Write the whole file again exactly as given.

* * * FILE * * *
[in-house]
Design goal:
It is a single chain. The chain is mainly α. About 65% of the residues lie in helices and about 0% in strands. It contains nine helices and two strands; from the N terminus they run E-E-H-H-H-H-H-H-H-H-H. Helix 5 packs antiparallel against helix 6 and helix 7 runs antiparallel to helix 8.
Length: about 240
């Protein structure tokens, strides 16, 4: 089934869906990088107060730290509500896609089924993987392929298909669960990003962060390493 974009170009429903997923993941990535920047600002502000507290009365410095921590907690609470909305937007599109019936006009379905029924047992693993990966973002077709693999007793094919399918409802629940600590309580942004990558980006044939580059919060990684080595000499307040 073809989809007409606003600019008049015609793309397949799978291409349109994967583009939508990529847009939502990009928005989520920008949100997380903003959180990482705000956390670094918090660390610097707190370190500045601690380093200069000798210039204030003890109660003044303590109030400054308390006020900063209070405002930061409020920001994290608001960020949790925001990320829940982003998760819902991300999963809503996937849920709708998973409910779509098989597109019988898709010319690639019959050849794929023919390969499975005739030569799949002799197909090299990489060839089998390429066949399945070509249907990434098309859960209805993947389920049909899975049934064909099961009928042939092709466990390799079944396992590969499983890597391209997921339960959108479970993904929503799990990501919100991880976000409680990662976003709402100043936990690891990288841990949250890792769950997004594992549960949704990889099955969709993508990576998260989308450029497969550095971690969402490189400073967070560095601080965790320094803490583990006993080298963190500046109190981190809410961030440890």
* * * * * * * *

[in-house]
Design goal:
It is a single chain. The chain is mainly α. About 65% of the residues lie in helices and about 0% in strands. It contains nine helices and two strands; from the N terminus they run E-E-H-H-H-H-H-H-H-H-H. Helix 5 packs antiparallel against helix 6 and helix 7 runs antiparallel to helix 8.
Length: about 240
């Protein structure tokens, strides 16, 4: 089934869906990088107060730290509500896609089924993987392929298909669960990003962060390493 974009170009429903997923993941990535920047600002502000507290009365410095921590907690609470909305937007599109019936006009379905029924047992693993990966973002077709693999007793094919399918409802629940600590309580942004990558980006044939580059919060990684080595000499307040 073809989809007409606003600019008049015609793309397949799978291409349109994967583009939508990529847009939502990009928005989520920008949100997380903003959180990482705000956390670094918090660390610097707190370190500045601690380093200069000798210039204030003890109660003044303590109030400054308390006020900063209070405002930061409020920001994290608001960020949790925001990320829940982003998760819902991300999963809503996937849920709708998973409910779509098989597109019988898709010319690639019959050849794929023919390969499975005739030569799949002799197909090299990489060839089998390429066949399945070509249907990434098309859960209805993947389920049909899975049934064909099961009928042939092709466990390799079944396992590969499983890597391209997921339960959108479970993904929503799990990501919100991880976000409680990662976003709402100043936990690891990288841990949250890792769950997004594992549960949704990889099955969709993508990576998260989308450029497969550095971690969402490189400073967070560095601080965790320094803490583990006993080298963190500046109190981190809410961030440890």